Good news on services – but don’t go overboard
Well, the foreign exchange markets certainly liked today’s services Purchasing Managers’ Index results – the pound rose to its highest level against the dollar for three months. The manufacturing index a couple of days ago reached record heights, and yesterday’s construction index was reasonably good, showing output returning to growth, though jobs are still being lost.
But, as I’ve found myself saying a lot recently, services account for two thirds of the economy, let’s see what the services PMI looks like. And it was very reassuring; where the December figure of 49.7 represented a slight contraction, the January figure of 54.5 was the highest since May. Some commentators have drawn the conclusion that these figures show that the terrible figures for GDP in the 4th quarter were misleading, but Markit (which produces the Index) is cautious. They point out that the survey shows jobs still being lost in services, and “just as the December data were subdued by the weather, the January numbers were boosted by businesses returning to normal and, in some cases, receiving additional orders displaced from December.”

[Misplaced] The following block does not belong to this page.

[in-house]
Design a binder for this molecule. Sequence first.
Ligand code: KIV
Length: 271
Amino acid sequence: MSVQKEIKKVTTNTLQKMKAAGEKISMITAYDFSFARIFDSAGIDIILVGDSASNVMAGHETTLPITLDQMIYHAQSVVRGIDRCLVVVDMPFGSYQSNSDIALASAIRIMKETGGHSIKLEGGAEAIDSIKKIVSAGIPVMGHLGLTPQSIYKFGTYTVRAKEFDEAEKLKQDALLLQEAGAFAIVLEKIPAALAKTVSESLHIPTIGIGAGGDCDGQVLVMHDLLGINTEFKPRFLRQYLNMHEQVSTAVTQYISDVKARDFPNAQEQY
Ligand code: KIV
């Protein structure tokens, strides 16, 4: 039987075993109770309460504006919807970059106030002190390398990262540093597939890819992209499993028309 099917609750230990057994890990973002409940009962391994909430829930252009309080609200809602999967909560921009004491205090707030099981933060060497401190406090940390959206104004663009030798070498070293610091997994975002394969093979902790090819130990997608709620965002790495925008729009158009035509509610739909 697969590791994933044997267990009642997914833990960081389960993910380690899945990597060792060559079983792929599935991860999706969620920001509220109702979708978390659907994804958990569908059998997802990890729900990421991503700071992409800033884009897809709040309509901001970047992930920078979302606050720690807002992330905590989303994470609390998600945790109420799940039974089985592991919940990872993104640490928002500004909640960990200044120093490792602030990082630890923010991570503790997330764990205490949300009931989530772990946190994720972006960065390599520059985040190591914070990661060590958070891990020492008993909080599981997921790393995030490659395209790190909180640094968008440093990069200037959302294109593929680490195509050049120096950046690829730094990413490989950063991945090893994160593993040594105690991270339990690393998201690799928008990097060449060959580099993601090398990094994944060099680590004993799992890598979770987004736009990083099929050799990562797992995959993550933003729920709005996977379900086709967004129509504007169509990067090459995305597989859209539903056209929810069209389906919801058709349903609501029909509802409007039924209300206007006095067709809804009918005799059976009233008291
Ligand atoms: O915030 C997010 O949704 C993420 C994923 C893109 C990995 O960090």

Taking all the Indexes together, Markit believe they are “consistent with” an underlying trend rate of growth of 0.4 per cent a quarter. Now, if you’re expecting a contraction, an annual rate of 1.6 per cent looks pretty good, but that would actually be well below the UK’s trend rate of growth. The underlying reality still looks much as it did a week ago: a slowdown, but with manufacturing doing much better than the rest of the economy.
Finally, the surveys these indexes are based on showed jobs being lost in both construction and services. And, as Tim has pointed out, manufacturing output may be doing well, but industry isn’t creating a lot of jobs at present. “Jobless recovery” may be one of those phrases from the past we have to re-learn.